Teacher joins James in music mission

On a mission – classical pianist James Rhodes held a concert at the Towngate Theatre which was filmed for a Channel 4 programme

On a mission – classical pianist James Rhodes held a concert at the Towngate Theatre which was filmed for a Channel 4 programme

First published in Echo News by

A CLASSICAL pianist has recruited some vital help in his musical mission, which is gathering pace in Basildon and is set to spread across the whole country.

James Rhodes, dubbed the musical Jamie Oliver, put on a concert at Basildon’s Towngate Theatre, in St Martin’s Square, this week in a bid to get children and adults interested in learning an instrument.

It was filmed for a Channel 4 documentary, set to be screened in September. Now James, 39, who kicked off his campaign at St Teresa’s Catholic Primary School, Basildon, has revealed he has recruited the help of a talented music teacher from Northwick Park Primary School, Canvey.

Sarah Goldsmith leads a choir and orchestra there, and believes it is important to get pupils interested in music from a very early age.

James, who has performed to crowds around the world, said: “She’s a very talented musician and I couldn’t have achieved what I have at St Theresa’s without her.

“She runs a very successful music department at Northwick, but St Theresa’s isn’t lucky enough to have the equipment.”

The Great Instrument Amnesty, which is the working title of the documentary, is being produced by Jamie Oliver’s production company, Fresh One.

It was originally intended to do for children’s music education what the chef did for school dinners. Now, James wants to see adults pick up instruments too, and is set to take his mission to community centres across the borough.

He said: “We have had an amazing response from the parents and teachers at St Theresa’s, but I want to move it into the wider community of Basildon. My vision is to get the whole of Basildon playing an instrument.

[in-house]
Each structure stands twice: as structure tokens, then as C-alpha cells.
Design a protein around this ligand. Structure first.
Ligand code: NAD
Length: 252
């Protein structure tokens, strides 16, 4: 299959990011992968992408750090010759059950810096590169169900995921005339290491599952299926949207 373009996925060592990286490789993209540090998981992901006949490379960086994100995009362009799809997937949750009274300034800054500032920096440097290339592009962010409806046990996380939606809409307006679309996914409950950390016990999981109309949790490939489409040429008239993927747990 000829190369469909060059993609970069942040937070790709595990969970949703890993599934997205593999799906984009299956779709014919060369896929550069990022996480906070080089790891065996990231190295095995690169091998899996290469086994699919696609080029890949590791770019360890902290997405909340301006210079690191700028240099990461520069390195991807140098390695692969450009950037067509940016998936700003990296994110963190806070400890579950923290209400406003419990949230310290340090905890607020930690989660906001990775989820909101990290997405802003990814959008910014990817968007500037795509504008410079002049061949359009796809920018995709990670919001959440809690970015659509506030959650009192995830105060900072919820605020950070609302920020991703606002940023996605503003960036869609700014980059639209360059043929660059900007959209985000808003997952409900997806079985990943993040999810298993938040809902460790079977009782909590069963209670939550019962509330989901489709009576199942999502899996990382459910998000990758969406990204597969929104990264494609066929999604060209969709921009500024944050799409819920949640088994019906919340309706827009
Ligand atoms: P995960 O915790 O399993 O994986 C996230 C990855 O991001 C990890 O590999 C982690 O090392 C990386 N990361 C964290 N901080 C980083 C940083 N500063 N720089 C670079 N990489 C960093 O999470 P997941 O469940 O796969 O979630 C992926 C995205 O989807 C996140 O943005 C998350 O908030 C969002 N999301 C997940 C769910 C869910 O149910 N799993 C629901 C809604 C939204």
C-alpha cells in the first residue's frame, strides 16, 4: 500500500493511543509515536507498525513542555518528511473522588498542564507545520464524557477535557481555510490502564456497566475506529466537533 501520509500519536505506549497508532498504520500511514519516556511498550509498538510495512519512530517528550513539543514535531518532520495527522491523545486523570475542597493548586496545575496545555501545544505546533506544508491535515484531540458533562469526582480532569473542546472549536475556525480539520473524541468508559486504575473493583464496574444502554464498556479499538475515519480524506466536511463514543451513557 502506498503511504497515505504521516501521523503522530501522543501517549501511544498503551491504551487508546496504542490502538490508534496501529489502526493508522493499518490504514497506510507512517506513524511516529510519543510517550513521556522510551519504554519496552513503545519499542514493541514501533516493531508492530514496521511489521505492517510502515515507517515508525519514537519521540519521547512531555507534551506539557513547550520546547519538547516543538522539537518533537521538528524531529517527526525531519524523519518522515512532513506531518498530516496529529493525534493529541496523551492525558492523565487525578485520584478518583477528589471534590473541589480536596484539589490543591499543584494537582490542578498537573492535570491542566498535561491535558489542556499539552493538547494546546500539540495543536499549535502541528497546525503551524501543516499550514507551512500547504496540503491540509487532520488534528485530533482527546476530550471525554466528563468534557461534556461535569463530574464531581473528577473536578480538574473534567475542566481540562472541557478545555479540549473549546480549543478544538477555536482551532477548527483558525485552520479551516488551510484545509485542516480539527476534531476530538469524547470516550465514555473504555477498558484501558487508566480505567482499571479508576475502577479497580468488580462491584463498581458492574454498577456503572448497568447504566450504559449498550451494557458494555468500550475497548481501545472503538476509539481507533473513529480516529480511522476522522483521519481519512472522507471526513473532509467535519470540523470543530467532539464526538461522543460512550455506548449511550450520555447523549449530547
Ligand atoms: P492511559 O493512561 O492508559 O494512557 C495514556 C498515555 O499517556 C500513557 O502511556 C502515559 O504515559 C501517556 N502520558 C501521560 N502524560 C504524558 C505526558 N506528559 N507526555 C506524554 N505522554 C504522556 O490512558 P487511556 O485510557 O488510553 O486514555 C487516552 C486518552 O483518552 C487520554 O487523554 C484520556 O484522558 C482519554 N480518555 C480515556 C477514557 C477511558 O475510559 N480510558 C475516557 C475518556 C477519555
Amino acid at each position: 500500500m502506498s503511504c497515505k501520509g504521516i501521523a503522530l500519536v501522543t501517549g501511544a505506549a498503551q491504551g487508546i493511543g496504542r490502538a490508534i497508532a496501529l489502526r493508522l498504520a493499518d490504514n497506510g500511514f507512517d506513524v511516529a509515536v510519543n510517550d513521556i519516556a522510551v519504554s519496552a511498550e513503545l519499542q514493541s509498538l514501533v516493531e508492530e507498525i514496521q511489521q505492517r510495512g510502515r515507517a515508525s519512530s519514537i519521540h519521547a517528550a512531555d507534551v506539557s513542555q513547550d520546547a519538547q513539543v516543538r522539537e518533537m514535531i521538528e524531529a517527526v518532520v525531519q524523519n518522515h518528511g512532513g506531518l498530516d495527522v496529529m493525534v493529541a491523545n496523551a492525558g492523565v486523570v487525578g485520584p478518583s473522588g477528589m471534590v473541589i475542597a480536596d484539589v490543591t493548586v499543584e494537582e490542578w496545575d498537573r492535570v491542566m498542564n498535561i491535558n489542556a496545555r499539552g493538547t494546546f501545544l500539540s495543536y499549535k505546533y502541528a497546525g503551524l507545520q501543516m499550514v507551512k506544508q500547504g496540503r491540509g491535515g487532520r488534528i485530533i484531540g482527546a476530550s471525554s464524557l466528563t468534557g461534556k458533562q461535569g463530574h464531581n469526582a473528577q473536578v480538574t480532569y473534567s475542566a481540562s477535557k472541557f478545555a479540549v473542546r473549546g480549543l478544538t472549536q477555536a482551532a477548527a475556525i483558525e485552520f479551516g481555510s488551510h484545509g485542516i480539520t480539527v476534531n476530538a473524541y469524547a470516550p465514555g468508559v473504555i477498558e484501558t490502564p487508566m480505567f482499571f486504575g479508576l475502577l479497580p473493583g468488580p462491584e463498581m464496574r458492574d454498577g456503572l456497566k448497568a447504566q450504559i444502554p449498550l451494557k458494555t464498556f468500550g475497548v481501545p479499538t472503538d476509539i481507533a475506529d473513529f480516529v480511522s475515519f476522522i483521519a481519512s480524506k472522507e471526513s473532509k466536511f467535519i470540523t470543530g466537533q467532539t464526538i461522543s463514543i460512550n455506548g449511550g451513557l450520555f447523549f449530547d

“What we are doing here in Basildon is a blue print.

“I want my mission to reach across the country. I’m going to do as much as I can to make that happen.”

As part of the programme, James is asking people to donate unused recorders, trumpets and violins to help schoolchildren and community groups set up orchestras.

Anyone who went to the Towngate Theatre concert armed with a classical or orchestral instrument was given free entry.

Thirty-five instruments have already been donated, but Mr Rhodes is looking for 55 more.

Anyone who can help should call 07763 398781 or visit facebook.com/ jamesrhodesinstruments

Comments (1)

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2:49pm Mon 26 May 14

LexyGirl says...

This is a fantastic idea not only for adults, but younger people too, as I know children in orphanages are given musical instruments to express themselves as they are often withdrawn. It really helps them, and brings them out of their shell.
This is a fantastic idea not only for adults, but younger people too, as I know children in orphanages are given musical instruments to express themselves as they are often withdrawn. It really helps them, and brings them out of their shell. LexyGirl
  • Score: 3

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